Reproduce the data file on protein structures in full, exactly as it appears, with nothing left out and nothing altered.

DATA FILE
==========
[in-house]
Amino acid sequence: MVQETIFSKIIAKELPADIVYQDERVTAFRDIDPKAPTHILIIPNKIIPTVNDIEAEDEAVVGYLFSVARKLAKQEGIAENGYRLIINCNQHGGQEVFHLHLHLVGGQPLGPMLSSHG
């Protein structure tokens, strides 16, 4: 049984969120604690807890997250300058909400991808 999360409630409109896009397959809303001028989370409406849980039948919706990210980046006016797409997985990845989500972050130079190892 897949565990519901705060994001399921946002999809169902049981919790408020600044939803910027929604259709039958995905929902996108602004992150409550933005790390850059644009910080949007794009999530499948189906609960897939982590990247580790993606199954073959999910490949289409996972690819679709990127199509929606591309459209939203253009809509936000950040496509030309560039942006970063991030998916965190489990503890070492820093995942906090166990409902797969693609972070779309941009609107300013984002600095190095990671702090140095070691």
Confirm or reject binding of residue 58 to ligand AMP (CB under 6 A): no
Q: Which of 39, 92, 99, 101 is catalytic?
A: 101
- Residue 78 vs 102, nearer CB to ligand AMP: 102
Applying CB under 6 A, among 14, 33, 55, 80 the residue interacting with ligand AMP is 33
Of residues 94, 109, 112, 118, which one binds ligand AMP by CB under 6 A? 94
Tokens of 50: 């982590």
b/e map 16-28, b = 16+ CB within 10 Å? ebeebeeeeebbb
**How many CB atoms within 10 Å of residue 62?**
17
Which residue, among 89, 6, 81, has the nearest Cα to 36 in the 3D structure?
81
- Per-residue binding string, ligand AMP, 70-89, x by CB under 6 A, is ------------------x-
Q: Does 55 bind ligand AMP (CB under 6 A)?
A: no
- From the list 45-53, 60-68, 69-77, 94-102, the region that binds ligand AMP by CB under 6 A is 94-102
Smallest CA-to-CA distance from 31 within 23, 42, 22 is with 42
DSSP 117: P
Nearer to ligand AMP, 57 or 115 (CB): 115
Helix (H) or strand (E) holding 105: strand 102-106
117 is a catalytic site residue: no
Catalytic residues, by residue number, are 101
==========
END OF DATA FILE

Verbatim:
[in-house]
Amino acid sequence: MVQETIFSKIIAKELPADIVYQDERVTAFRDIDPKAPTHILIIPNKIIPTVNDIEAEDEAVVGYLFSVARKLAKQEGIAENGYRLIINCNQHGGQEVFHLHLHLVGGQPLGPMLSSHG
């Protein structure tokens, strides 16, 4: 049984969120604690807890997250300058909400991808 999360409630409109896009397959809303001028989370409406849980039948919706990210980046006016797409997985990845989500972050130079190892 897949565990519901705060994001399921946002999809169902049981919790408020600044939803910027929604259709039958995905929902996108602004992150409550933005790390850059644009910080949007794009999530499948189906609960897939982590990247580790993606199954073959999910490949289409996972690819679709990127199509929606591309459209939203253009809509936000950040496509030309560039942006970063991030998916965190489990503890070492820093995942906090166990409902797969693609972070779309941009609107300013984002600095190095990671702090140095070691």
Confirm or reject binding of residue 58 to ligand AMP (CB under 6 A): no
Q: Which of 39, 92, 99, 101 is catalytic?
A: 101
- Residue 78 vs 102, nearer CB to ligand AMP: 102
Applying CB under 6 A, among 14, 33, 55, 80 the residue interacting with ligand AMP is 33
Of residues 94, 109, 112, 118, which one binds ligand AMP by CB under 6 A? 94
Tokens of 50: 């982590």
b/e map 16-28, b = 16+ CB within 10 Å? ebeebeeeeebbb
**How many CB atoms within 10 Å of residue 62?**
17
Which residue, among 89, 6, 81, has the nearest Cα to 36 in the 3D structure?
81
- Per-residue binding string, ligand AMP, 70-89, x by CB under 6 A, is ------------------x-
Q: Does 55 bind ligand AMP (CB under 6 A)?
A: no
- From the list 45-53, 60-68, 69-77, 94-102, the region that binds ligand AMP by CB under 6 A is 94-102
Smallest CA-to-CA distance from 31 within 23, 42, 22 is with 42
DSSP 117: P
Nearer to ligand AMP, 57 or 115 (CB): 115
Helix (H) or strand (E) holding 105: strand 102-106
117 is a catalytic site residue: no
Catalytic residues, by residue number, are 101